Voting advocates and sitting legislators, including members of the Congressional Black Caucus, began expressing concern as early 2012 that many African Americans would sidestep mid-term elections to the detriment of their local officials, effectively placing the House and the Senate into conservative, Republican hands.
Voter turnout regularly drops in midterm elections, and has done so since the 1840s. In 2008, for instance, 57.1 percent of the voting-age population cast ballots — the highest level in four decades — as President Barack Obama took office. Two years later, only 36.9 percent voted in the mid-term election that put the House back in Republican hands.
Even though higher than expected turnouts in D.C. came on-behalf of non-profits, churches, and colleges providing on-the-ground transportation, the total number was still not expected to reach beyond the 60 percent mark for total eligible voters, according to Vote4Justice data.
Further, according to the Maryland County Elections Board, Prince George’s County residents followed the general pattern of voting overwhelmingly in presidential elections, but demonstrated a noticeable decline in voting habits for mid-term elections.
Early voting numbers for Prince George’s County showed the predominantly African-American enclave boasted 46,236 early votes – a little more than 8 percent of the 544,677 total active eligible voters. And while the numbers are an increase over previous years, many fear that when the numbers are officially tallied next week, the number of African American voters will remain comparatively low.
Drew Desilver wrote in the Pew Research Center’s July 2014 FactTank: News In the Numbers that “in an era of increasingly polarized politics, campaign strategists must decide how much effort to put into persuading independent-minded voters to come out and support their candidate without antagonizing their party’s core supporters, who are more likely to vote anyway. Obama’s victories in 2008 and 2012 were largely due to his campaign’s success in expanding the electorate — inspiring new voters and increasing turnout among Blacks.”
President Obama offered a stinging, but good-natured admonishment at an Upper Marlboro crowd gathered for Maryland Democratic gubernatorial candidate Anthony Brown, recently.
“It will be a done deal if you vote, but you’ve got to get that cousin ‘Pookie’ sitting at home on the couch. He’s watching football right now instead of being here at this rally. You’ve got to talk to him and let him know it is not that hard to exercise the franchise that previous generations fought so hard to obtain,” Obama said.
Encouraging Pookie to vote will be harder than expected as demonstrated Nov. 4. Exit pollsters were able to assess a continuing lack of interest in voting among urban, disenfranchised Black youth.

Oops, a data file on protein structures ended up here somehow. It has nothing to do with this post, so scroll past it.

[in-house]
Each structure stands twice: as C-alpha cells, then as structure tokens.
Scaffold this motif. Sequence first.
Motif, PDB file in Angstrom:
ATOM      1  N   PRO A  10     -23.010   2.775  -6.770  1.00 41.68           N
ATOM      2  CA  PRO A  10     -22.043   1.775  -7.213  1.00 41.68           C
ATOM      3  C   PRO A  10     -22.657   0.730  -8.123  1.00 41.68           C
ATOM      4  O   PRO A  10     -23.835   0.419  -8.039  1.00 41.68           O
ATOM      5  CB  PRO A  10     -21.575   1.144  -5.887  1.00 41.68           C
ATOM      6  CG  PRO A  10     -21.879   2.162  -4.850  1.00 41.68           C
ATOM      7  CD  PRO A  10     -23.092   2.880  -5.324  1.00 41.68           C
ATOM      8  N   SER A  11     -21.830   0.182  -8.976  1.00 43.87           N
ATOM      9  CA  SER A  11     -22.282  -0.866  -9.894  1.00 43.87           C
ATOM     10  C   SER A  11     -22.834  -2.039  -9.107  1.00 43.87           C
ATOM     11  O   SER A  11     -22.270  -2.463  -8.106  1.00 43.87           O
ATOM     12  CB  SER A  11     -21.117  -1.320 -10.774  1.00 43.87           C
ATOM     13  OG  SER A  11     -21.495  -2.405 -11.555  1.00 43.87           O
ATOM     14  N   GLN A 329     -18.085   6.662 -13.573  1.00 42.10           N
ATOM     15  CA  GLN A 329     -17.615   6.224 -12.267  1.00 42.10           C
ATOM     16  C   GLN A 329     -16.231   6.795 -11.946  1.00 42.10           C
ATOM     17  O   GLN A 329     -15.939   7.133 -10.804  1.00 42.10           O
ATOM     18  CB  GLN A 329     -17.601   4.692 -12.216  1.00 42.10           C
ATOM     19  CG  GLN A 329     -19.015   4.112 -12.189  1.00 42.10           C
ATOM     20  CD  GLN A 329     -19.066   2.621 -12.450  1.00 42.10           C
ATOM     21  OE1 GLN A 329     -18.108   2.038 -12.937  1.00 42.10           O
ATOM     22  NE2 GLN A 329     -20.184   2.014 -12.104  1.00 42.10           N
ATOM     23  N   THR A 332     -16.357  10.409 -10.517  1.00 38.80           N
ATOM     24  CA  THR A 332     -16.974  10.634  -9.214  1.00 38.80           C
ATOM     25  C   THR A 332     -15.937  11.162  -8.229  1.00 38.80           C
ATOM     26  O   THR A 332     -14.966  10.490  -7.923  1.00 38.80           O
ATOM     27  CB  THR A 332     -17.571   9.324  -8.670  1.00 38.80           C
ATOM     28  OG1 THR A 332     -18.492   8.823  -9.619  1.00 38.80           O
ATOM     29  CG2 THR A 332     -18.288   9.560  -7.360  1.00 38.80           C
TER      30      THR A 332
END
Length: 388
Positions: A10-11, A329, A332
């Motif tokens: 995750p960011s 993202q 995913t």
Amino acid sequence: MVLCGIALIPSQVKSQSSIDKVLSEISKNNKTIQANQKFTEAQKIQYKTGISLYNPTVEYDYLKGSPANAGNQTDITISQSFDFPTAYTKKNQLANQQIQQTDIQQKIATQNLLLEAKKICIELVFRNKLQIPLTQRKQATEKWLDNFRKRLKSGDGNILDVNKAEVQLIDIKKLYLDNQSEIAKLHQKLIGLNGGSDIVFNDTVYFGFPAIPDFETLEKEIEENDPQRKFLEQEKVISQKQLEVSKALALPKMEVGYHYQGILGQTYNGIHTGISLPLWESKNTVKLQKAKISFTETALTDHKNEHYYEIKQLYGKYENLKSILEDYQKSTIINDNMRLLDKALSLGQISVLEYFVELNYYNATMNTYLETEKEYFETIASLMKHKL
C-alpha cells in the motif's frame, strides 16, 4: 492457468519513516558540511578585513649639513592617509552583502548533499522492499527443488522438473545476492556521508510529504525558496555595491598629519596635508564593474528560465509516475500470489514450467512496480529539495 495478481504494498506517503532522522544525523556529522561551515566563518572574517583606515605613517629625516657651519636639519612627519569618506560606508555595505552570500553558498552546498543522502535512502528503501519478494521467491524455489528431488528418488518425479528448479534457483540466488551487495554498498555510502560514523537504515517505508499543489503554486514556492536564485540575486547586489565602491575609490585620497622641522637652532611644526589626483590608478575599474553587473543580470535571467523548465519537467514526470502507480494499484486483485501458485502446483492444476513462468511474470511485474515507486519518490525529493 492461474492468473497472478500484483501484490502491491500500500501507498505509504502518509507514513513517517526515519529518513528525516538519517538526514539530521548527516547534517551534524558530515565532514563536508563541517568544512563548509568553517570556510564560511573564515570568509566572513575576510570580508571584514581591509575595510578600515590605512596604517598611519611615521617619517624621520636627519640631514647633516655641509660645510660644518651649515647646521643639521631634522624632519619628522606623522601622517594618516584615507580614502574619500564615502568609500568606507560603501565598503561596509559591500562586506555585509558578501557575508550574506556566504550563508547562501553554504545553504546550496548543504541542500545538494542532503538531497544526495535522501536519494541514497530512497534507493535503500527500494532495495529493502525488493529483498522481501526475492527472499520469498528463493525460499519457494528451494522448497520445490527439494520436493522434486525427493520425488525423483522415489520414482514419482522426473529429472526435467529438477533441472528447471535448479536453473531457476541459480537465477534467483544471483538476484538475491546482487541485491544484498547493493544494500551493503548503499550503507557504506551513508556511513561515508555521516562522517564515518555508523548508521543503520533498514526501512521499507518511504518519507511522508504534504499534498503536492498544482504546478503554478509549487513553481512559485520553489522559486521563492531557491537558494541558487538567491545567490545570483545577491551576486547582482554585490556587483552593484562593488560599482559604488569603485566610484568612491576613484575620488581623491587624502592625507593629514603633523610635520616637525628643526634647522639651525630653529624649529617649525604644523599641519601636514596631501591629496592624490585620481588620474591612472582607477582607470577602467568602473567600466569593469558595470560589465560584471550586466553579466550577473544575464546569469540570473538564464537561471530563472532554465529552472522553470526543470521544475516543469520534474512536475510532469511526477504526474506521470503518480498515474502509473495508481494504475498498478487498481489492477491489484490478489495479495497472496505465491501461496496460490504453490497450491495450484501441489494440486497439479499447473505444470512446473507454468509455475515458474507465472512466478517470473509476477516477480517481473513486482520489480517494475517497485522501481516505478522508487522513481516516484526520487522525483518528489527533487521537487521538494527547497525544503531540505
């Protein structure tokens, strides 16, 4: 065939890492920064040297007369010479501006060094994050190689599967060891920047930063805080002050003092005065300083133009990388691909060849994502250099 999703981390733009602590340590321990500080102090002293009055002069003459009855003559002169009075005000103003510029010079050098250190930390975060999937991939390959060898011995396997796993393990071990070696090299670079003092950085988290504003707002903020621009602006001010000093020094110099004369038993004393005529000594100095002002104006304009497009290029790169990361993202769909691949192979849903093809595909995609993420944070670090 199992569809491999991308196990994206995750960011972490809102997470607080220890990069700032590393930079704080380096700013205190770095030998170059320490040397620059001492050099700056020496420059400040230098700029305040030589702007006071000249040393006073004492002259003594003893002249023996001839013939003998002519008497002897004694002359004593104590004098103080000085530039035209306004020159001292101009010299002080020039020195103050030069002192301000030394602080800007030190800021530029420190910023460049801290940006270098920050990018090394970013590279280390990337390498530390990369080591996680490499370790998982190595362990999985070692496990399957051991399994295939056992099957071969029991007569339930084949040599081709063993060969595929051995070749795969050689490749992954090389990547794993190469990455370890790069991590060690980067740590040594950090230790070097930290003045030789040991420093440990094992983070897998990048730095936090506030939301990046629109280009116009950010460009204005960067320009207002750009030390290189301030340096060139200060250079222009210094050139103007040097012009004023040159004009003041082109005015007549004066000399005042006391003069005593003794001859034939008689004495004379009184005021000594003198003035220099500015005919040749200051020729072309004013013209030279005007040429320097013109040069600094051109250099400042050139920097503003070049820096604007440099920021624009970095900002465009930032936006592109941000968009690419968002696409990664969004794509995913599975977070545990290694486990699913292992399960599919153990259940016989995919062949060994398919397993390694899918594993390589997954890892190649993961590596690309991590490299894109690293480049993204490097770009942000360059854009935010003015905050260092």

Outside the Greenleaf Recreation Center in Southwest D.C., for instance, a body of roughly fifteen young men lounged in their public housing yards, uninterested in the bottlenecked traffic just feet away. Campaign volunteers spent the day calling over to them, attempting to coax them into the voting booths inside. When asked why they had not and would not vote in the D.C. elections, the comments were thunderous and angry.
“They don’t listen to us anyway. Just look at this neighborhood where the city has let developers in to tear down our homes and put up stadiums where we are not welcome and apartments we cannot afford to live in,” DeMarcus Fortune said. “How do you choose to elect a person as mayor who keeps calling this change positive when it negatively impacts you?”
Fortune, said that his grandmother’s home used to sit on a corner near Half Street in Southeast, currently used as a parking lot for Nationals Park; his elementary school, Syphax, has been gutted and rehabbed into a luxury condominium. Despite its condition, Fortune said that house was one his grandmother had saved half her life to purchase and rear her family.
Tony Wright, one of his buddies, echoed similar sentiments.
“I know that people fought and died for my right to vote, but who do you vote for when you don’t trust any of the contenders? Politicians call our neighborhood ‘blighted’ and look at us like we’re garbage. We’re the trash that has to be removed in order for them to improve the city. Bowser, Cantania, and Schwartz have automatic messages calling my house all day and night, but none had enough courtesy to come here. I pay taxes, I go to work every day and probably work harder at it than most people, so why do my interests not count?” Wright asked.
Election Day returns for Wards 7 and 8, show dismal turnouts – in Ward 7, of the 58,378 eligible voters registered, only 26 percent (15,348) cast ballots; in Ward 8, that percentage was even less, with 21.49 percent of the 51,340 eligible voters (roughly 11,000) casting ballots.